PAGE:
What's the Best Way to Attach a Sleeping Pad to Your Backpack?

You can do without a lot of things in the backcountry, but a good night's sleep is not one of them. If you are planning a trip into the wilderness, know that a sleeping pad is crucial to maintaining your appreciation for the great outdoors.

A quality sleeping pad insulates and isolates you from the cold, hard ground and the long, hard day. The trick is figuring out the best way to bring it along with you and how to store it on your backpack.

how to attach a sleeping pad to a backpack

Sleeping pads don't weigh much but they are bulky. Inflatable sleeping pads can be compressed into small rolls, but are useless if they get torn or punctured, so care must be taken to keep them safe from snags or abrasions in transit. 

Self inflating sleeping pads and foam sleeping pads are tougher but they're also much more bulky and take up more space in your pack which makes them challenging to store.

Where to Store Your Sleeping Pad

If your backpack has a large enough capacity, a sleeping pad can be packed inside. Because of its size, shape, and light weight, it should be packed vertically and to the side, with items of similar size and weight for balance on the other.  

You always want to pack heavy items at the center of your backpack and since a sleeping pad is very lightweight, it can be easily stored off to the side which helps keep your backpack balanced on your back.

If your pack will not accommodate this, you will have to figure out how to attach the sleeping pad to the outside of the backpack. ​

Most backpacks offer a variety of choices when it comes to attaching gear to the outside. Side straps, back straps, and bottom straps are the most common.

These straps may use friction buckles, hook and loop closures, or snap clips to connect the ends. Integrated straps allow you to cinch your sleeping pad, vertically or horizontally, directly to the pack itself. 

The Best Storage Spot to Protect Your Sleeping Pad

The safest way for your sleeping pad to ride outside is vertically, down the outside center of the pack. This way your sleeping pad is shielded from branches and briars by your body. Packing it this way also lets you keep heavier items, in and on the pack, closer to your spine and does not throw you out of balance. Your sleeping pad can be strapped to a side, but care should be taken to balance the weight with the opposite side. Side to side balance is critical for backpacking.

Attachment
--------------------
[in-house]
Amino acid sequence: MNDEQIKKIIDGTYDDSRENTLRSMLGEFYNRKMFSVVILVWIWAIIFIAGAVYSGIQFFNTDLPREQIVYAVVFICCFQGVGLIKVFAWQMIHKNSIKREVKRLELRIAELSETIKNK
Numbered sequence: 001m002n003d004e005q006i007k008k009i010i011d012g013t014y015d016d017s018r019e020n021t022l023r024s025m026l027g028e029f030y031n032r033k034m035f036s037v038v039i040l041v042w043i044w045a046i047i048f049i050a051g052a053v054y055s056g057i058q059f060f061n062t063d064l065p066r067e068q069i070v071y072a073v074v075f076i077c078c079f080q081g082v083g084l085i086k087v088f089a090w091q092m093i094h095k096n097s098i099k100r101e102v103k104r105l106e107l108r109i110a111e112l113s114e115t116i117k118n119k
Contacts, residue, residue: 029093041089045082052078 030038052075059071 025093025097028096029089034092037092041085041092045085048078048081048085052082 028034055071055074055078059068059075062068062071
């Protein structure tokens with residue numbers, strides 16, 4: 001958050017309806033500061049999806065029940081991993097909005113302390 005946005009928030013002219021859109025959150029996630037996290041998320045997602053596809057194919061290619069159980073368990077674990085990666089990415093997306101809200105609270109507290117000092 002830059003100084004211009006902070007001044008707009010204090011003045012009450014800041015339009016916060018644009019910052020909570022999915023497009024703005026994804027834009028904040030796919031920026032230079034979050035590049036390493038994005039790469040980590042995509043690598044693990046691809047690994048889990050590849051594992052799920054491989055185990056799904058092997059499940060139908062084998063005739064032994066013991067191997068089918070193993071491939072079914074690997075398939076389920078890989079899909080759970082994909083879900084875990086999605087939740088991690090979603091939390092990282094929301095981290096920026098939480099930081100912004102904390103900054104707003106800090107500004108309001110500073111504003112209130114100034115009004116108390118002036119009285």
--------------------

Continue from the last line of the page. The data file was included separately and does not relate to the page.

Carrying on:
If your pack is equipped with bottom straps, ​this can be an ideal spot to store your sleeping pad.  This frees up space inside of your backpack to store other items and the straps on the bottom of your pack are intended for a sleeping pad so you probably won't be able to use them to hold on to anything else.

One thing to watch out for if you store your sleeping pad on the bottom of your backpack is that you may find yourself getting caught on branches and trees more frequently.  Self inflating sleeping pads that are rolled up can be very wide, usually wider than your body, which means after you walk past a branch safely you still need to worry about your pad and backpack getting caught on the branch.


Some backpacks come with a floating lid.  These lids can be removed completely for use as a day pack or simply extended to heighten the quantity of gear you can cram in.

If your pack has a floating lid, you can secure your sleeping pad between the pack sack and its hat. Carrying it high and horizontally keeps it out of the bushes, but make sure to duck under low hanging branches. 

Wrap Up

How and where you carry your sleeping pad should lie somewhere between personal preference and packing conditions.

Hiking in heavy woodlands can be an exercise in evasion ops if you have too many things hanging off the sides. Hiking at high elevations, in rocky terrain, or on long trips may require a lot of food or equipment.

To attach sleeping pad to backpack in a pinch, a cord, rope, bungee cord, compression strap, sweatshirt, or jacket can be used to tie it on. Short lengths of emergency "rope" can be made from several plastic grocery bags looped together through the handles. These should keep your sleeping pad secure until you can return to civilization and get your backpack straps repaired.

Whatever it takes to get it there, your sleeping pad is a camping luxury you can't live without and a sleeping pad with a hole in it is dead weight so keep your sleeping pad safe by using any of the 3 storage methods covered in this article.

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